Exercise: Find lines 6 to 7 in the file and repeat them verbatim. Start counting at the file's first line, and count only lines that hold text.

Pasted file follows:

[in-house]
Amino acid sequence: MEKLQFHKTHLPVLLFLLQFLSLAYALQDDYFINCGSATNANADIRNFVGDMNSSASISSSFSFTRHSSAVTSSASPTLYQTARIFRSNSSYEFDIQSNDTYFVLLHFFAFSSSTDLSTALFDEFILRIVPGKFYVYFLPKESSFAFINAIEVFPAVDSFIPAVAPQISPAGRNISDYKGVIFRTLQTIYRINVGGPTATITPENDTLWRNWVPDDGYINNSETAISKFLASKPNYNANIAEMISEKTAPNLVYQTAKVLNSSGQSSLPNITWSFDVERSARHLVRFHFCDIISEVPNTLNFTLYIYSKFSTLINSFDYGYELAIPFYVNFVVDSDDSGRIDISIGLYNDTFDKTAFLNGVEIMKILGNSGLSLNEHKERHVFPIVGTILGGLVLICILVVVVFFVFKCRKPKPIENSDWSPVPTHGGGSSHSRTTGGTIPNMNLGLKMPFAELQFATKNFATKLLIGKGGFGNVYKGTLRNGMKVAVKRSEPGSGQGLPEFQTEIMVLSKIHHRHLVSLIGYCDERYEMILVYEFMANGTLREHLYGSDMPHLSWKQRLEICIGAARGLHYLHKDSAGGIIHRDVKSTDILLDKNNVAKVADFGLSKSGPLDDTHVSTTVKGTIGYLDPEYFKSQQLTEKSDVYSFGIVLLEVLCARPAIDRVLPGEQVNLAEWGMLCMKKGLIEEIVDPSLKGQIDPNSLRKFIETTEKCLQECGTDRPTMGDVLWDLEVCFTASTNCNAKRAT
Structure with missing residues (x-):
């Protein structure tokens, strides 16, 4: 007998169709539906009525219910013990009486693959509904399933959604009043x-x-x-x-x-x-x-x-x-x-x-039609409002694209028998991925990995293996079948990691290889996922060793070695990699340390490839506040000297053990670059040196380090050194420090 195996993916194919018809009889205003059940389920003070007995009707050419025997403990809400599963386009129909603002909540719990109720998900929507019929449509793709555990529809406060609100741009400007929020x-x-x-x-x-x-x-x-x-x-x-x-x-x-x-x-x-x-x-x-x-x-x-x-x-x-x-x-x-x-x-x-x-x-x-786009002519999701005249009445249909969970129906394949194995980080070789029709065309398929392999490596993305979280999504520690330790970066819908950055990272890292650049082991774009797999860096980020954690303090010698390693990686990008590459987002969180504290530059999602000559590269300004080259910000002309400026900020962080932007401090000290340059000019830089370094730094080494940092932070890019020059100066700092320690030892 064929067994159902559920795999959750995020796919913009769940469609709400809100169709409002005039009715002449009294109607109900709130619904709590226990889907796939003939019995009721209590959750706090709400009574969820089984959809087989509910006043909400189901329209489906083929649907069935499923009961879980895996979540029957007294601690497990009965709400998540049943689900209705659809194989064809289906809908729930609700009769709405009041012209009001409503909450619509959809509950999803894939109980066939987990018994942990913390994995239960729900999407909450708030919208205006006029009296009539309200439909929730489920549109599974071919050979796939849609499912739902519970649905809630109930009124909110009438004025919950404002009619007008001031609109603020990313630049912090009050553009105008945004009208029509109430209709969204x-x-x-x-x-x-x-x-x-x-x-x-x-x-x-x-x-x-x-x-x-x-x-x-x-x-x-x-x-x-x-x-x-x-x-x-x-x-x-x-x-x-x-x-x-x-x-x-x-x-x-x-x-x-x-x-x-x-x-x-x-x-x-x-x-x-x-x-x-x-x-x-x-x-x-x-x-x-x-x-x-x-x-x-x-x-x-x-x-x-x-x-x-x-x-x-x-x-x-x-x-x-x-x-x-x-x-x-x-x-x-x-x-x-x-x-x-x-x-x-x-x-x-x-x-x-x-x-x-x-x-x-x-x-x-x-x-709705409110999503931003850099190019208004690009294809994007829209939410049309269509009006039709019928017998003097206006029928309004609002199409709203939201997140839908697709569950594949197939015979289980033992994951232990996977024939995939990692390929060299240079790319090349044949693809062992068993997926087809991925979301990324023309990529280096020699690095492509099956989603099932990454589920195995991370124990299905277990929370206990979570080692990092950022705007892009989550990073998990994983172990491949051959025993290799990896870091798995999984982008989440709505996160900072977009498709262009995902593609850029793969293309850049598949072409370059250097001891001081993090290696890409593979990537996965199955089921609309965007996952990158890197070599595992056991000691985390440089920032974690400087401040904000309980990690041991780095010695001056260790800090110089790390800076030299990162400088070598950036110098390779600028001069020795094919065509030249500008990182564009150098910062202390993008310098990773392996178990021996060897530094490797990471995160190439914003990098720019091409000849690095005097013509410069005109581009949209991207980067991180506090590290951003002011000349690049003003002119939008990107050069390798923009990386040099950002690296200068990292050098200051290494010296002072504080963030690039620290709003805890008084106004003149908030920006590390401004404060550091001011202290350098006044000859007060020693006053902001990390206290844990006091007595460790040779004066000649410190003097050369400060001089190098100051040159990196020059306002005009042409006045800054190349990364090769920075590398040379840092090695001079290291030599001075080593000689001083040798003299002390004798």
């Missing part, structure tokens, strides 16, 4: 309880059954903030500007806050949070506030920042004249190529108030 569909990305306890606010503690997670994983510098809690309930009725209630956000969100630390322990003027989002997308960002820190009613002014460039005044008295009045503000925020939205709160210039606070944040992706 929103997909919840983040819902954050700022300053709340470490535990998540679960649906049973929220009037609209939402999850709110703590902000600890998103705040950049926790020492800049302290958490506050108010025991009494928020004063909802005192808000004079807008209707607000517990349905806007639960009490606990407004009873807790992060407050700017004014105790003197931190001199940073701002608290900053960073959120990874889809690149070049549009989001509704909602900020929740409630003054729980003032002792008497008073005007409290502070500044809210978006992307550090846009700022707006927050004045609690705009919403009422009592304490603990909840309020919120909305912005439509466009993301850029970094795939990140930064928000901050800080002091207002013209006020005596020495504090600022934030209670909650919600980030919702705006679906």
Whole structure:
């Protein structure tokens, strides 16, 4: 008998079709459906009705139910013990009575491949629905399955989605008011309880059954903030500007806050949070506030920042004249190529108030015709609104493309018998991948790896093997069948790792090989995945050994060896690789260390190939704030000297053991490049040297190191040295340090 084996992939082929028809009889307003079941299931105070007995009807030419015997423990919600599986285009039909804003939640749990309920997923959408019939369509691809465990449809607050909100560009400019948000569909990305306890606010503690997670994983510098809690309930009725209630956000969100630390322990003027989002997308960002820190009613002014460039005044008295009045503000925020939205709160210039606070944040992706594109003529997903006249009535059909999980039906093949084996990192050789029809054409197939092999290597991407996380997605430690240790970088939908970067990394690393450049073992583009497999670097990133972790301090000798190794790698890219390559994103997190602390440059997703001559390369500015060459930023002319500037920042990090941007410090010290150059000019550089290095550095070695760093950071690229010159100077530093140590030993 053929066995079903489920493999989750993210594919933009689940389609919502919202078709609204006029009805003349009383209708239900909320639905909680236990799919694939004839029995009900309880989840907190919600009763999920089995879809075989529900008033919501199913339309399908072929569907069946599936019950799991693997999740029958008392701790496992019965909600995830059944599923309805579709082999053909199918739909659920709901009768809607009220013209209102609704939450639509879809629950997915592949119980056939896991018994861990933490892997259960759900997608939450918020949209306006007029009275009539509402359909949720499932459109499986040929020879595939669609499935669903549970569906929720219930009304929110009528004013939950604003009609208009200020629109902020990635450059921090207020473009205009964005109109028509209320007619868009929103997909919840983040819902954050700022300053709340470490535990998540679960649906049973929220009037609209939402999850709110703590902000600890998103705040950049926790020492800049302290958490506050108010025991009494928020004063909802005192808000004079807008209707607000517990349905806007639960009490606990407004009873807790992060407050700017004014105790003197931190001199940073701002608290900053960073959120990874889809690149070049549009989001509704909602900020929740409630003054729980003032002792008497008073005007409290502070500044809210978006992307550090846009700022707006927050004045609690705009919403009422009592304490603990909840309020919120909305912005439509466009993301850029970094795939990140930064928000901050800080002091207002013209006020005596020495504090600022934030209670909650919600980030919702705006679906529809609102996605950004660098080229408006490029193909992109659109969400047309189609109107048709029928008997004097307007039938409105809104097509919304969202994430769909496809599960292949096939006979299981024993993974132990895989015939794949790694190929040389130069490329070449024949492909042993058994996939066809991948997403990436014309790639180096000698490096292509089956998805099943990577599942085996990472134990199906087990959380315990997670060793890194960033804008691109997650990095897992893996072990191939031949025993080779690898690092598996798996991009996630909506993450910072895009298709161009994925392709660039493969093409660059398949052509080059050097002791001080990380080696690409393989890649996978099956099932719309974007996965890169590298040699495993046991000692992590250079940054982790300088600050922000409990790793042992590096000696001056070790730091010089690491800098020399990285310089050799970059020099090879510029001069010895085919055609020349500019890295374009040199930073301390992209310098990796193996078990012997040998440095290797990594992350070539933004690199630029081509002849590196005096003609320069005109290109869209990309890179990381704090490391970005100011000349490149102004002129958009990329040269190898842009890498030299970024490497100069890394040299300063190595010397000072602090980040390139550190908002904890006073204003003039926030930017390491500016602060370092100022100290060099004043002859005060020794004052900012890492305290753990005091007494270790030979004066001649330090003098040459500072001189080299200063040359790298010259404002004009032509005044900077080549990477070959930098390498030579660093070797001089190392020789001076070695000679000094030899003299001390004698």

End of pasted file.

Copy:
Whole structure:
């Protein structure tokens, strides 16, 4: 008998079709459906009705139910013990009575491949629905399955989605008011309880059954903030500007806050949070506030920042004249190529108030015709609104493309018998991948790896093997069948790792090989995945050994060896690789260390190939704030000297053991490049040297190191040295340090 084996992939082929028809009889307003079941299931105070007995009807030419015997423990919600599986285009039909804003939640749990309920997923959408019939369509691809465990449809607050909100560009400019948000569909990305306890606010503690997670994983510098809690309930009725209630956000969100630390322990003027989002997308960002820190009613002014460039005044008295009045503000925020939205709160210039606070944040992706594109003529997903006249009535059909999980039906093949084996990192050789029809054409197939092999290597991407996380997605430690240790970088939908970067990394690393450049073992583009497999670097990133972790301090000798190794790698890219390559994103997190602390440059997703001559390369500015060459930023002319500037920042990090941007410090010290150059000019550089290095550095070695760093950071690229010159100077530093140590030993 053929066995079903489920493999989750993210594919933009689940389609919502919202078709609204006029009805003349009383209708239900909320639905909680236990799919694939004839029995009900309880989840907190919600009763999920089995879809075989529900008033919501199913339309399908072929569907069946599936019950799991693997999740029958008392701790496992019965909600995830059944599923309805579709082999053909199918739909659920709901009768809607009220013209209102609704939450639509879809629950997915592949119980056939896991018994861990933490892997259960759900997608939450918020949209306006007029009275009539509402359909949720499932459109499986040929020879595939669609499935669903549970569906929720219930009304929110009528004013939950604003009609208009200020629109902020990635450059921090207020473009205009964005109109028509209320007619868009929103997909919840983040819902954050700022300053709340470490535990998540679960649906049973929220009037609209939402999850709110703590902000600890998103705040950049926790020492800049302290958490506050108010025991009494928020004063909802005192808000004079807008209707607000517990349905806007639960009490606990407004009873807790992060407050700017004014105790003197931190001199940073701002608290900053960073959120990874889809690149070049549009989001509704909602900020929740409630003054729980003032002792008497008073005007409290502070500044809210978006992307550090846009700022707006927050004045609690705009919403009422009592304490603990909840309020919120909305912005439509466009993301850029970094795939990140930064928000901050800080002091207002013209006020005596020495504090600022934030209670909650919600980030919702705006679906529809609102996605950004660098080229408006490029193909992109659109969400047309189609109107048709029928008997004097307007039938409105809104097509919304969202994430769909496809599960292949096939006979299981024993993974132990895989015939794949790694190929040389130069490329070449024949492909042993058994996939066809991948997403990436014309790639180096000698490096292509089956998805099943990577599942085996990472134990199906087990959380315990997670060793890194960033804008691109997650990095897992893996072990191939031949025993080779690898690092598996798996991009996630909506993450910072895009298709161009994925392709660039493969093409660059398949052509080059050097002791001080990380080696690409393989890649996978099956099932719309974007996965890169590298040699495993046991000692992590250079940054982790300088600050922000409990790793042992590096000696001056070790730091010089690491800098020399990285310089050799970059020099090879510029001069010895085919055609020349500019890295374009040199930073301390992209310098990796193996078990012997040998440095290797990594992350070539933004690199630029081509002849590196005096003609320069005109290109869209990309890179990381704090490391970005100011000349490149102004002129958009990329040269190898842009890498030299970024490497100069890394040299300063190595010397000072602090980040390139550190908002904890006073204003003039926030930017390491500016602060370092100022100290060099004043002859005060020794004052900012890492305290753990005091007494270790030979004066001649330090003098040459500072001189080299200063040359790298010259404002004009032509005044900077080549990477070959930098390498030579660093070797001089190392020789001076070695000679000094030899003299001390004698």